Op-Ed: Leaked texts and videos of Tucker Carlson make the former Fox Host appear relatable and authentic

'He’s so authentic, bloopers only help his image and make him more relatable,' remarked one viewer.

Op-Ed: Leaked texts and videos of Tucker Carlson make the former Fox Host appear relatable, authentic
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Far-left media watchdog Media Matters for America (MMFA) has been running a media blitz on ousted Fox News host Tucker Carlson since his departure from the network, publishing leaks of his off-air remarks in an attempt to make him look bad.

However, the leaks have had the opposite effect on what MMFA intended by humanizing Carlson, whose off-the-cuff comments made him appear relatable and authentic to viewers on social media.

Earlier this week, MMFA began releasing videos of Carlson purporting to paint him in a negative light.

Realizing that his remarks might surface later on, Carlson remarked at one point, “hey, Media Matters for America, go f*** yourself.”

On Wednesday, the organization released yet another video, in which Carlson bantered with his coworkers about a frustrating guest he had on his show.

“He’s so authentic, bloopers only help his image and make him more relatable,” remarked one viewer.

“A normal human being like all of us. We all have our moments behind closed doors and when the cameras turn off,” stated another. “If we were to be held accountable for all the things said we'd have no human shake our hand ever again.”

Text message leaks between Carlson and his coworkers also leaked on the New York Times, which published a text message that, according to the publication, may have led to his termination from the company.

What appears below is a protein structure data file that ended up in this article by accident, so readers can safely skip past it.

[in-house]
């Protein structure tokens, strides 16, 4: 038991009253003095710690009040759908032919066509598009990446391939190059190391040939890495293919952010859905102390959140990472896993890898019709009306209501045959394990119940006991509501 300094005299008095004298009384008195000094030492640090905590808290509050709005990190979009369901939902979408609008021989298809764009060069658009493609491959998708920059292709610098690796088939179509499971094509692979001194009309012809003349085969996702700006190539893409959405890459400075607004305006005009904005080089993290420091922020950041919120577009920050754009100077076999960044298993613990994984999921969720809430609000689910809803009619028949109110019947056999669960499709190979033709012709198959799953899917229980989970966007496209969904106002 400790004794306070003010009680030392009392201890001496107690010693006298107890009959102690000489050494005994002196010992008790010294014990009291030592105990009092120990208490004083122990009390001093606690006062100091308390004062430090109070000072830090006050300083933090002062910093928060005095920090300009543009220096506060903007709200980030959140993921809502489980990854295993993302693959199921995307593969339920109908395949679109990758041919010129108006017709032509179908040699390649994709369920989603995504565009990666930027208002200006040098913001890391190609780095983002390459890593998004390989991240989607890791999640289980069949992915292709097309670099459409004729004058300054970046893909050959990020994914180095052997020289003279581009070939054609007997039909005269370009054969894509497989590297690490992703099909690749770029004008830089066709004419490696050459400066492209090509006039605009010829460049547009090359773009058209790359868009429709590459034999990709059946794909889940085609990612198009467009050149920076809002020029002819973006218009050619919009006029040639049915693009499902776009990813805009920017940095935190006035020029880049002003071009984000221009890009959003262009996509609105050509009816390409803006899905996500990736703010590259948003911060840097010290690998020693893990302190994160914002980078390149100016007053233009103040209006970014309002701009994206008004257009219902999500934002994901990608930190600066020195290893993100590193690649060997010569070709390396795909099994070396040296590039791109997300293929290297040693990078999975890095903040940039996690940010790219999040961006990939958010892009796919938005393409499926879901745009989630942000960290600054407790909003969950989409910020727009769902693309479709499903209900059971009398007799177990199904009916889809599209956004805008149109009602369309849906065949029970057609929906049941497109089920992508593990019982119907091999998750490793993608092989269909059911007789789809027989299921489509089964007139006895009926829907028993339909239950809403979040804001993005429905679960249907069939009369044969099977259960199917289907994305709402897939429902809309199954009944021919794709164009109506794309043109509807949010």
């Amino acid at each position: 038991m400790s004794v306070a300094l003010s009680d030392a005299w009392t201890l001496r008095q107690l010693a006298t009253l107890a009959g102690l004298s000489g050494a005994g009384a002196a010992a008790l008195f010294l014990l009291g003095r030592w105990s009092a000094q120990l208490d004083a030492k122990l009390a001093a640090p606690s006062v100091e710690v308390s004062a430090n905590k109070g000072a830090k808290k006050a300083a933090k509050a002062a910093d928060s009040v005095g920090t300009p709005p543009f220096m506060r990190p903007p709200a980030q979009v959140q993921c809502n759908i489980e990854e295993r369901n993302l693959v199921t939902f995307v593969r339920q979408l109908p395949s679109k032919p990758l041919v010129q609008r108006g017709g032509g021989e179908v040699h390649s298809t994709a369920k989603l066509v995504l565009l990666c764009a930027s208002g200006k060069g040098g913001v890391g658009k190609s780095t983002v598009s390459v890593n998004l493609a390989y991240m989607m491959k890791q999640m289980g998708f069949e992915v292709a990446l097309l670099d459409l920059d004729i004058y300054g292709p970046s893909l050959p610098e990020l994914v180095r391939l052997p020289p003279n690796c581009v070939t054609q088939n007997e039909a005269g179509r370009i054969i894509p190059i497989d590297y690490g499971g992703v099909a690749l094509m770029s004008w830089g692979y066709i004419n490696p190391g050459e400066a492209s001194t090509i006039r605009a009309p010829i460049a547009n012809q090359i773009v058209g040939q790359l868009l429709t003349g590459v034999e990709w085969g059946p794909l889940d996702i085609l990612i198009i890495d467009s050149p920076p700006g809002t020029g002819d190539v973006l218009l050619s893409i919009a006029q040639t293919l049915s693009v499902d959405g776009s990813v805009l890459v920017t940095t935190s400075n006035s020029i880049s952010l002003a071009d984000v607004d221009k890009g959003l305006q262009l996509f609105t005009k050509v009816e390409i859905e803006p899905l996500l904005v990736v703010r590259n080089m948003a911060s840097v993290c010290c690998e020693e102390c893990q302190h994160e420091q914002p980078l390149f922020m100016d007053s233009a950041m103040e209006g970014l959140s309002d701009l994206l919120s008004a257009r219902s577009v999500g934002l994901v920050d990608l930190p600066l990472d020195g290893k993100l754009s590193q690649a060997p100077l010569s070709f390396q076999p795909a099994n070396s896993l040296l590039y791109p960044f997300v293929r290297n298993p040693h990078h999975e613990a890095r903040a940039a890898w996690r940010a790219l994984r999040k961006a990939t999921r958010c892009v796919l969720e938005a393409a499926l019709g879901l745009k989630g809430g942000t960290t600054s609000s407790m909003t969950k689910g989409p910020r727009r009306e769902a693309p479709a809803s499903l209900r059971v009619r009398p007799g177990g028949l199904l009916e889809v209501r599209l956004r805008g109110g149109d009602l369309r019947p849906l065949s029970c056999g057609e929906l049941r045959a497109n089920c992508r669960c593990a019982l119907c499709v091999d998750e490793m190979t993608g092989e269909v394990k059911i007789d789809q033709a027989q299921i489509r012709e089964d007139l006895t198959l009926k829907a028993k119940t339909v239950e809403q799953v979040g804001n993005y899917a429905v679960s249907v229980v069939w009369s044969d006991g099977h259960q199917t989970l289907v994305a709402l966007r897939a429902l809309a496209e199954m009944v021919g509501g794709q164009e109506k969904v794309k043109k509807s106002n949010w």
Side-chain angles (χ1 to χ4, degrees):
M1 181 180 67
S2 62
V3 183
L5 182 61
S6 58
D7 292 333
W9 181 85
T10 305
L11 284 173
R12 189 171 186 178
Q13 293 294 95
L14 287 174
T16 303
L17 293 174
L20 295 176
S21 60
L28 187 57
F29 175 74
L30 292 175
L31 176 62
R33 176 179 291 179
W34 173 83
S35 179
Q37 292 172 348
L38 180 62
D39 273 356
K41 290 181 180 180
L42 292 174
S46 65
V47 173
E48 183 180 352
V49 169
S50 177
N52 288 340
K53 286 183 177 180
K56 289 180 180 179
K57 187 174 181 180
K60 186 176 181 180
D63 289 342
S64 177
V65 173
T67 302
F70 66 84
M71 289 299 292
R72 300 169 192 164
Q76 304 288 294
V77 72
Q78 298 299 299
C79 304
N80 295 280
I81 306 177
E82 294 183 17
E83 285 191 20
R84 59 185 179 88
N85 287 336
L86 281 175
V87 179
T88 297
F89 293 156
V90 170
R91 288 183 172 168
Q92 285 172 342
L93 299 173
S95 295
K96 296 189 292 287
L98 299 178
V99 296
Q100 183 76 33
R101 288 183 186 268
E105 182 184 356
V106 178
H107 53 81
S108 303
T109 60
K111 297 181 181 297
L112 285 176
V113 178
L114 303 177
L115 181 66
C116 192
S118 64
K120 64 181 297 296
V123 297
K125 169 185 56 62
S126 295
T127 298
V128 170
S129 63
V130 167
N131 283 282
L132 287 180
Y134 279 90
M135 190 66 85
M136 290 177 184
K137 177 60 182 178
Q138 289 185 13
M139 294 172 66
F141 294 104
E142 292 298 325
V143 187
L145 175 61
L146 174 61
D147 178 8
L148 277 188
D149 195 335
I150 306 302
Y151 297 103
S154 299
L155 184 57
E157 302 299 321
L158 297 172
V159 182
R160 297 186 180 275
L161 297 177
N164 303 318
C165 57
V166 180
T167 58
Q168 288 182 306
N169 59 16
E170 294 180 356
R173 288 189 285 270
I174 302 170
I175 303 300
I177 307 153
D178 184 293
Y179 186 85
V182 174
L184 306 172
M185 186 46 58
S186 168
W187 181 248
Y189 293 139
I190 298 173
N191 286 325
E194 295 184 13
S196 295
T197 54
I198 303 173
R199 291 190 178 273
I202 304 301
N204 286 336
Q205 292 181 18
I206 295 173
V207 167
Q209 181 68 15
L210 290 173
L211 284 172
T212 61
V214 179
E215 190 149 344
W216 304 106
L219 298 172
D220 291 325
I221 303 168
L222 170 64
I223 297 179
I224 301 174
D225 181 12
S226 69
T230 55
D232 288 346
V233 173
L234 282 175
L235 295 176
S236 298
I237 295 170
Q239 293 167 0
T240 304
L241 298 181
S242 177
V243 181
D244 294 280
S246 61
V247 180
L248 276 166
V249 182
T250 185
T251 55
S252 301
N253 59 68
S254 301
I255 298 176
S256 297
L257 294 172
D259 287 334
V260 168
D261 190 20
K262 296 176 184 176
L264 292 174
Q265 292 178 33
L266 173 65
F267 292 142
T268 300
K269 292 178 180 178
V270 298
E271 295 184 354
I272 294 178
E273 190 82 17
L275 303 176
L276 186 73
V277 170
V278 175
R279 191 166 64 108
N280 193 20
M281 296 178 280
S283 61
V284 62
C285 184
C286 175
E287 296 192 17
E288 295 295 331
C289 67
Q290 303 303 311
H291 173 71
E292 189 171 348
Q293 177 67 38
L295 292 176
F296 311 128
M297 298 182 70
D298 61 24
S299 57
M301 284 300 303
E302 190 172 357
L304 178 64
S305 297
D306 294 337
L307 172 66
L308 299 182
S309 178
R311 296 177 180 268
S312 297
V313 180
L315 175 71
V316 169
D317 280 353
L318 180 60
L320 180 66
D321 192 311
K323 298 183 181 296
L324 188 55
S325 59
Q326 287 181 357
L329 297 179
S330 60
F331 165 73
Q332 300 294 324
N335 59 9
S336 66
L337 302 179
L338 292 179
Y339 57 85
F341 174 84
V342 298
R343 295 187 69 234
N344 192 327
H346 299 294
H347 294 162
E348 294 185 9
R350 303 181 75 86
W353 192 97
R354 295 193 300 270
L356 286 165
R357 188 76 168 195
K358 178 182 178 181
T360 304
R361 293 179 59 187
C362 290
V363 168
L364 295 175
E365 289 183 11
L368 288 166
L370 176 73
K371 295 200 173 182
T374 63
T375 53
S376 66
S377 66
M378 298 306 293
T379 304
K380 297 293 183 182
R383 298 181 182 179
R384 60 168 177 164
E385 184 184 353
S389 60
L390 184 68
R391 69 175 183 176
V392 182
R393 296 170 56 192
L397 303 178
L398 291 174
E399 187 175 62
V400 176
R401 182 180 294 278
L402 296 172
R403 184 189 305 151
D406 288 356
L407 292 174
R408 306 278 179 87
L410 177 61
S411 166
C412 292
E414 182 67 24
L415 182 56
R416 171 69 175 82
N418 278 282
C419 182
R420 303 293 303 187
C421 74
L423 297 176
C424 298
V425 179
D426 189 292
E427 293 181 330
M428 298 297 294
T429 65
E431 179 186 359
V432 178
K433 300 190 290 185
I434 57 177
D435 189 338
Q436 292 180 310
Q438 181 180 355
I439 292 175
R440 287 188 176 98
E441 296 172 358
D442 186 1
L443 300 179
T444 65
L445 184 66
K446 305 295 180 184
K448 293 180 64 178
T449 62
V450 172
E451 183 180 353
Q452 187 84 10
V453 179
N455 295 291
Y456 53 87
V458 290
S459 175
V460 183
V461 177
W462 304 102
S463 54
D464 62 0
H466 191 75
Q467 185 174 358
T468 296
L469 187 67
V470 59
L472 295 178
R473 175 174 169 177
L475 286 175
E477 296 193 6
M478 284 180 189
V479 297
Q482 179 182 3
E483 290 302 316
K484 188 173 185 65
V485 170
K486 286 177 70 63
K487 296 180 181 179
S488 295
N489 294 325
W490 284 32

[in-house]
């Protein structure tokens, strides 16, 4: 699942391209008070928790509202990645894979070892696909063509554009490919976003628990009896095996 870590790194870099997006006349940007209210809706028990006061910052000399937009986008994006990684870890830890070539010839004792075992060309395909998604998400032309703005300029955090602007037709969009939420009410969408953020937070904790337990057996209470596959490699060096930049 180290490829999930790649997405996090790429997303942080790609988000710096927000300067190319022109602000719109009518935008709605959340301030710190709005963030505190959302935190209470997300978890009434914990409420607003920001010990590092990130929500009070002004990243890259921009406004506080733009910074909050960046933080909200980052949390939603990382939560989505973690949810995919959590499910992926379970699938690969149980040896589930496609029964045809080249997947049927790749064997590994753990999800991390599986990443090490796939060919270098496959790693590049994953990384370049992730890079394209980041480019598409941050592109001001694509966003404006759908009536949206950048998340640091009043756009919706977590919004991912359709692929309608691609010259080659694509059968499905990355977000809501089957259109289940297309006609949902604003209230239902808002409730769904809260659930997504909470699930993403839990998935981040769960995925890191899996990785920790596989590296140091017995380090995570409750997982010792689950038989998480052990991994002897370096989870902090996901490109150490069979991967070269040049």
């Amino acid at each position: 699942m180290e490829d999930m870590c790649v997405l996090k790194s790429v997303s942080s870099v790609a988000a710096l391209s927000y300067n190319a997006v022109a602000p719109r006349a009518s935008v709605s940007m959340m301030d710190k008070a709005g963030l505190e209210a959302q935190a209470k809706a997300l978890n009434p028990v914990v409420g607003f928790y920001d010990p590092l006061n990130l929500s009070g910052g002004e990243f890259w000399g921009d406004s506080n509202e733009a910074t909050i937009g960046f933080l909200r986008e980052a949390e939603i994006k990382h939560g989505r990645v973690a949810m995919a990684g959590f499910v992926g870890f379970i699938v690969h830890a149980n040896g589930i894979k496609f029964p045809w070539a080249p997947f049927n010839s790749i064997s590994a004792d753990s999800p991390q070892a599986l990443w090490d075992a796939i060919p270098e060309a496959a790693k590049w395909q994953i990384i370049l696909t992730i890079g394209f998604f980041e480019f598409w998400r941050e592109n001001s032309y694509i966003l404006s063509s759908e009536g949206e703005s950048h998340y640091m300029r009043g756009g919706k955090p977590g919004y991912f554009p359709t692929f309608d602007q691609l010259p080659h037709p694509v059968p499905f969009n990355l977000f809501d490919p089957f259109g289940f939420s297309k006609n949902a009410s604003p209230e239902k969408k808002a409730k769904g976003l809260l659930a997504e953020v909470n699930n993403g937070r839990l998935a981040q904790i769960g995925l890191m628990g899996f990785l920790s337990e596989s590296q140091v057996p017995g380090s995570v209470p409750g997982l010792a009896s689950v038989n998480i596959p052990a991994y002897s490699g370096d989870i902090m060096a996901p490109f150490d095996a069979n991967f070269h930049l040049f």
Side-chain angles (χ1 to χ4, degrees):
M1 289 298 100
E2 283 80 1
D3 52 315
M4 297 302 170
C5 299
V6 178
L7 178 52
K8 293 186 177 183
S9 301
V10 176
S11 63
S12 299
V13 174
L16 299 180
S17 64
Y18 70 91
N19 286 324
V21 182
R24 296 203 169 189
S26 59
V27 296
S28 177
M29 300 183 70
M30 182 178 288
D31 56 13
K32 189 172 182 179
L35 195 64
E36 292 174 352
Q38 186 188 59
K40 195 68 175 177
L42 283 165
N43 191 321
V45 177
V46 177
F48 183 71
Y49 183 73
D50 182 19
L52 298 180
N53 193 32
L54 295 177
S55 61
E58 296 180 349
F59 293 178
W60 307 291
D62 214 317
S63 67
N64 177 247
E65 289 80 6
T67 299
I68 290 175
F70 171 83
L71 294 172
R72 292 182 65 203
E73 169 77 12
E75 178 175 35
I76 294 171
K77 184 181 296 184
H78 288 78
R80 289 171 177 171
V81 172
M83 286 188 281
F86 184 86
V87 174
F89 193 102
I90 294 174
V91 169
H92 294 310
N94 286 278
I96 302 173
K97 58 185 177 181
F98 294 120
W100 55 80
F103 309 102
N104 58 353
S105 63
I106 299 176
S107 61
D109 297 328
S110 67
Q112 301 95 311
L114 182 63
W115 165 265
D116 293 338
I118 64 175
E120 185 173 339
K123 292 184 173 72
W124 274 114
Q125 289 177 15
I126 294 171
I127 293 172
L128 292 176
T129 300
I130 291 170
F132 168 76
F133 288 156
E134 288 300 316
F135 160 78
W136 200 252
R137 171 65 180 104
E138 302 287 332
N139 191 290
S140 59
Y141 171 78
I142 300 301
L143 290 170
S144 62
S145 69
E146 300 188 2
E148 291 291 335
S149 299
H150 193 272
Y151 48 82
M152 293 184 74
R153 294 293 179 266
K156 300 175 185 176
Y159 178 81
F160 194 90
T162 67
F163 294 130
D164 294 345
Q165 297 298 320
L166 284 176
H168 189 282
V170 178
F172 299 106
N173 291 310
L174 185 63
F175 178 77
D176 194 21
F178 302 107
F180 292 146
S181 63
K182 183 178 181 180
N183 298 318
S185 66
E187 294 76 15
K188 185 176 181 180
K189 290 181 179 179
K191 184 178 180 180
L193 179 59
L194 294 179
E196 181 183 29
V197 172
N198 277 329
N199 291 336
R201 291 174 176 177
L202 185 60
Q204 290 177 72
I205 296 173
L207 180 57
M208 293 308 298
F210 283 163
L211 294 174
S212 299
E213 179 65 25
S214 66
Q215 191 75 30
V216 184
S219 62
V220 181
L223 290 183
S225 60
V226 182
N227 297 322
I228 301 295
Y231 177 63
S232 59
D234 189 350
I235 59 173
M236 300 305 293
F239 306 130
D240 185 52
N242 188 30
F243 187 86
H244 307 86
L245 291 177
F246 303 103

The text, which remains redacted in court filings in the Dominion defamation case against Fox News, allegedly shows Carlson describing how he watched a video of a group of Trump supporters beating up an “Antifa kid.”

Carlson opined how the melee was “dishonorable” and “it’s not how white men fight,” prompting outrage among liberal critics on social media who singled it out as an instance of his “racism.”

In the message, Carlson candidly stated that watching the video brought out a darker side of his personality:

Yet I suddenly found myself rooting for the mob against the man, hoping they’d hit him harder, kill him. I really wanted them to hurt the kid. I could taste it. Then somewhere deep in my brain, an alarm went off: this isn’t good for me.

“I’m becoming something I don’t want to be. The Antifa creep is a human being,” he added. “Much as I despise what he says and does, much as I’m sure I’d hate him personally if I knew him, I shouldn’t gloat over his suffering. I should be bothered by it. I should remember that somewhere somebody probably loves this kid, and would be crushed if he was killed. If I don’t care about those things, if I reduce people to their politics, how am I better than he is?”

Well said, Tucker.

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